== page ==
"David went down in a residential area where there are no tall buildings," she said. "We have no idea why he went down. There's no kind of trouble he could get into because there are no buildings to hit.

"He was probably hunting over the river going after ducks or gulls and misjudged the wind. It doesn't take much. They're fragile little things—strong and tough as nails, but fragile nonetheless. There's only so much G-force, so much sheer pressure you can put on a wing."

Favorable outcome

At Parkland Mews, Wheeldon puts out live prey for David and other peregrines to hunt and catch, he said. Because one of David's wings is shorter than the other, he won't have the maneuverability needed to hunt and survive in the wild, Wheeldon said.

"David's well on the way to the best recovery that could be hoped for, and there's anticipation he could be paired for breeding," he said.

If they're compatible, a female onsite named Gracie would be David's mate, Wheeldon said. They would join five other peregrine pairs already breeding at Parkland Mews, he said.

David also has a family connection to Parkland Mews. His great-great grandfather, Caleb, and great-grandfather, Beau, also live at Parkland Mews, Wheeldon said.

"It's interesting that both birds, Beau and David, were wild produced but ended up here by being injured in Winnipeg," Wheeldon said.

Strong connection

Grand Forks and Manitoba have a strong connection in the ongoing story of recovery efforts for peregrine falcons, a species once on the brink of extinction. David's mother, Terminator, was hatched in Brandon, Man., in 2006 and has produced every peregrine chick in Grand Forks to date.

David's father, Marv, is the 2013 Fargo offspring of Annie, who despite the feminine name, is a male peregrine and also has Manitoba origins.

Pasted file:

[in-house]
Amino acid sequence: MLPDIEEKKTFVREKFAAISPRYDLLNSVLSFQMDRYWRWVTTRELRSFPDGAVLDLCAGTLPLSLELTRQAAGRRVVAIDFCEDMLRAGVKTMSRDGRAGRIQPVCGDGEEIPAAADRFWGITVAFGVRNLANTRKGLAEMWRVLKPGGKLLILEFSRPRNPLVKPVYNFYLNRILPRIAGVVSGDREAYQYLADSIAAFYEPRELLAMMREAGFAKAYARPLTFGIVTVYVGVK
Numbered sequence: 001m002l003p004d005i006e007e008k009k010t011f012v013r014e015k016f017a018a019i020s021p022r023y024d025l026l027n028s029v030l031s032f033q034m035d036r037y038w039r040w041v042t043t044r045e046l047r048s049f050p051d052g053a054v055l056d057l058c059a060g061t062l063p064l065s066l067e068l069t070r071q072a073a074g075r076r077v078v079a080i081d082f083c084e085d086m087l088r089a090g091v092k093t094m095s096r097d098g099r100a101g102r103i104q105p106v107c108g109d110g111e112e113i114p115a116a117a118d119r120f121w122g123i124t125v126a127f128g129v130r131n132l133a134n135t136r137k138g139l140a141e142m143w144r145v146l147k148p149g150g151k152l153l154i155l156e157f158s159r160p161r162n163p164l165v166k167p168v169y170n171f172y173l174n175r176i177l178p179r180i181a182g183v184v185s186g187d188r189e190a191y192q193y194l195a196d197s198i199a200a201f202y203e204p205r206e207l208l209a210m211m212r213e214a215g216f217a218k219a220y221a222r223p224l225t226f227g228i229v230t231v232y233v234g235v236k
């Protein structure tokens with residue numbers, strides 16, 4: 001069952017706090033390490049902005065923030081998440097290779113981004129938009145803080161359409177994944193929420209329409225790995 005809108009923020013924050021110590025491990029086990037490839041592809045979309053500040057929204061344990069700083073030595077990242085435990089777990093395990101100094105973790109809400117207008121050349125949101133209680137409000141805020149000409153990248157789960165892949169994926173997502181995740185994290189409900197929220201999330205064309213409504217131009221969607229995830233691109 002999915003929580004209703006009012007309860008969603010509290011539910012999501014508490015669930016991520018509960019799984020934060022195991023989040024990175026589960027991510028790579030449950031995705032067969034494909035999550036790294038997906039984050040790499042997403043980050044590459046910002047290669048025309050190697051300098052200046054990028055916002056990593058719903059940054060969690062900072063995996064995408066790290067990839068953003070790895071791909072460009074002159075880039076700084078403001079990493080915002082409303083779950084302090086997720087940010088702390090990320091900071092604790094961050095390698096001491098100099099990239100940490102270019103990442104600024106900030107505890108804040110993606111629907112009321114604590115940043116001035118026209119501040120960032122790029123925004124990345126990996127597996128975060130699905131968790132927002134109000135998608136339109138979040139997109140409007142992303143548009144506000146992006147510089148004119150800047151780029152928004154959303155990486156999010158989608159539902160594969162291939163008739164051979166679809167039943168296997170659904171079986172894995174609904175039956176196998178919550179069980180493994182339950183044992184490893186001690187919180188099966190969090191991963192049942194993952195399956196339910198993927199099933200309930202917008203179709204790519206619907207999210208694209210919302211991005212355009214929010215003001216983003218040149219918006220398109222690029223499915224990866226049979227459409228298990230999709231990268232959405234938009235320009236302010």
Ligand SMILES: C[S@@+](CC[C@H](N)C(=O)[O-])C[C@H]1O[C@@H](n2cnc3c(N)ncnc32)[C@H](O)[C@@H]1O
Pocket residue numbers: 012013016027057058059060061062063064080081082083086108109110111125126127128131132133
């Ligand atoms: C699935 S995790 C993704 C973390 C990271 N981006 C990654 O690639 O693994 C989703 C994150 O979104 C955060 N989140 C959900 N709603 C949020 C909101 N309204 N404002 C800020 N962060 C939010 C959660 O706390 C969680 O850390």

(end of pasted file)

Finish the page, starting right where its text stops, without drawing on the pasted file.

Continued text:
Annie actually is short for anniversary and was named for the 30th anniversary of Manitoba's peregrine recovery program, said Maconachie, the Manitoba Peregrine Falcon Recovery Project coordinator.

David has three siblings: Marilyn, named after Herald columnist Marilyn Hagerty; Clifton, after Clifton "Cliff" Cushman, a Central High School track star and Olympic athlete whose plane went down in 1966 over Vietnam; and Ali after Muhammad Ali, the heavyweight boxer and social activist who died in June 2016.

The three siblings haven't been sighted since leaving the nest in Grand Forks.

Ironically, David also had to be rescued in Grand Forks in late June 2016, when Dave Lambeth saw the bird hopping on the ground by the railroad tracks near the water tower. Lambeth contacted Driscoll, who managed to catch the bird. The two of them then took the peregrine to the roof of Starcher Hall adjacent to the water tower, Driscoll said, and David was back in the nest box atop the water tower the next day.

Brad Dokken

Brad Dokken is a reporter and editor of the Herald's Sunday Northland Outdoors pages. Dokken joined the Herald company in November 1985 as a copy editor for Agweek magazine and joined the Herald staff in 1989. He worked as a copy editor in the features and news departments before becoming outdoors editor in 1998. He also writes a blog called Compass Points. A Roseau, Minn., native, Dokken is a graduate of Bemidji State University.